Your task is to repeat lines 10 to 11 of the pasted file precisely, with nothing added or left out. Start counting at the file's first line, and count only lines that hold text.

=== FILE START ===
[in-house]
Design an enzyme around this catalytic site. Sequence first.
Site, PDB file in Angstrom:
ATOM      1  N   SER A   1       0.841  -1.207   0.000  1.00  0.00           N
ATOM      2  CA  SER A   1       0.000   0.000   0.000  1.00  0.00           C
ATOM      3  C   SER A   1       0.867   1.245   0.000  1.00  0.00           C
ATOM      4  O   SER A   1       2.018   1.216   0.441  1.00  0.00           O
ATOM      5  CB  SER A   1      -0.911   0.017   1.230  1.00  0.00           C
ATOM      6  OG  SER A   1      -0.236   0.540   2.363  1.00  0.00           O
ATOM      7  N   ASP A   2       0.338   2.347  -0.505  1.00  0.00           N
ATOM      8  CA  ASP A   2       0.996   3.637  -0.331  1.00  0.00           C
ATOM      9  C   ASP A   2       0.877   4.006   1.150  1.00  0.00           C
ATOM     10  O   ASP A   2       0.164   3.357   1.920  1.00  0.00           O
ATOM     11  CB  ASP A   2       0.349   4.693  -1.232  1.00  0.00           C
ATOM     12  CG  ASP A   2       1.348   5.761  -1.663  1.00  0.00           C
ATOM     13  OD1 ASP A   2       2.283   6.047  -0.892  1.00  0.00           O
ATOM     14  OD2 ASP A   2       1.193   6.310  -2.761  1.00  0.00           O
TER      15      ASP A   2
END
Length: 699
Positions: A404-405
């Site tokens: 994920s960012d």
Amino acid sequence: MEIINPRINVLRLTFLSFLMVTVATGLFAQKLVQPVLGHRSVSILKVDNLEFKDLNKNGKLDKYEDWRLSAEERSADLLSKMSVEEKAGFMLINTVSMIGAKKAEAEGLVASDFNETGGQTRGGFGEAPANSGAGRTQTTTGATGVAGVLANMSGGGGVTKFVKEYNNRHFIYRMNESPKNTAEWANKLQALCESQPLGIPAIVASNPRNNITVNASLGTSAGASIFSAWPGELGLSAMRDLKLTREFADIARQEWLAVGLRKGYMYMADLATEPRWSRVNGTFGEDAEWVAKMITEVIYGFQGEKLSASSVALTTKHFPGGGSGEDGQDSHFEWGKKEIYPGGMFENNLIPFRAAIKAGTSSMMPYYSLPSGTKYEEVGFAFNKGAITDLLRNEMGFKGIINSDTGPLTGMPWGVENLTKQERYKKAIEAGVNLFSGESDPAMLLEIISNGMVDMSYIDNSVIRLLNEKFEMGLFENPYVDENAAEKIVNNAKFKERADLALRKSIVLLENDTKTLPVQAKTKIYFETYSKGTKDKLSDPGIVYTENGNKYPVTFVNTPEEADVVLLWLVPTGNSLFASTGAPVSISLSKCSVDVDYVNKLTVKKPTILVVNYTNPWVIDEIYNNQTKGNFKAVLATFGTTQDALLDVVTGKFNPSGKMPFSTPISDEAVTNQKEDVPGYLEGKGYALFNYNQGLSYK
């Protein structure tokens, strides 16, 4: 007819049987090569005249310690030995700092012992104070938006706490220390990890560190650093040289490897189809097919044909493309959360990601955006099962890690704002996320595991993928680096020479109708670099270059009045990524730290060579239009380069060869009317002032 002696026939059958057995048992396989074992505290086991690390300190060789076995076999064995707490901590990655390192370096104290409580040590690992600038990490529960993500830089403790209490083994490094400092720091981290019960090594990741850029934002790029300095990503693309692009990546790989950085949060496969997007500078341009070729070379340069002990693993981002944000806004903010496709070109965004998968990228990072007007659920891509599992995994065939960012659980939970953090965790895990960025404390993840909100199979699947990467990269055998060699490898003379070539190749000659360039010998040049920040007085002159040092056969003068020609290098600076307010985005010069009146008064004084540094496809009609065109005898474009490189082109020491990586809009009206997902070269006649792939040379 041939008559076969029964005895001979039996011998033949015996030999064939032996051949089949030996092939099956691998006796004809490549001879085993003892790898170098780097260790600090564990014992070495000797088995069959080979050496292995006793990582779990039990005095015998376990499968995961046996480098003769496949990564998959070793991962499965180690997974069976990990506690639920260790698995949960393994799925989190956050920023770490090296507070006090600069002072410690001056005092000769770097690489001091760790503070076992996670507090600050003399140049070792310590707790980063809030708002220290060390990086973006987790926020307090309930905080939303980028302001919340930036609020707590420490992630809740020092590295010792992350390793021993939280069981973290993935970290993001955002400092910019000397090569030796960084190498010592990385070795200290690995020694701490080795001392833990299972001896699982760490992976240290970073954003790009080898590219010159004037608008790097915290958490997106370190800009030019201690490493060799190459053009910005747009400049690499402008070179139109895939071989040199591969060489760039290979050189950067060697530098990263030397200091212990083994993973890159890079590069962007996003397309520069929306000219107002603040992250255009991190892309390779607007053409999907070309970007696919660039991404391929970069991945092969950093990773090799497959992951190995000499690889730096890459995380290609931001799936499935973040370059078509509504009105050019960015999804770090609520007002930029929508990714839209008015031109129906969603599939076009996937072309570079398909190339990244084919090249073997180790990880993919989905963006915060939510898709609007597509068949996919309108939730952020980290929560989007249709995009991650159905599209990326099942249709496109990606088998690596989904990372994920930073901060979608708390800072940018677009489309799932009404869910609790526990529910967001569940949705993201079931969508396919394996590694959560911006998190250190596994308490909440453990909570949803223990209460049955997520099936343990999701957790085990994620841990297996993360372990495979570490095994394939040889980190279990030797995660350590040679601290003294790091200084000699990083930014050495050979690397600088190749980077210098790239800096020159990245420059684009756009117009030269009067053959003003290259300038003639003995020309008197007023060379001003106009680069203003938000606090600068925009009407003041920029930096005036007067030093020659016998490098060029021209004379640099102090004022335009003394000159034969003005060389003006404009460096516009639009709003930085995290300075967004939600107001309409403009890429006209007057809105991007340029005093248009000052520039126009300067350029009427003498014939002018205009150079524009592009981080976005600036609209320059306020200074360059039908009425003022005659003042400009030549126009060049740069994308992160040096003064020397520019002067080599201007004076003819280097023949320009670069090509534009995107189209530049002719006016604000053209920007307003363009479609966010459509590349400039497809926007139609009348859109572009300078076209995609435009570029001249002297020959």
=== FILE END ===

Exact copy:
ATOM      7  N   ASP A   2       0.338   2.347  -0.505  1.00  0.00           N
ATOM      8  CA  ASP A   2       0.996   3.637  -0.331  1.00  0.00           C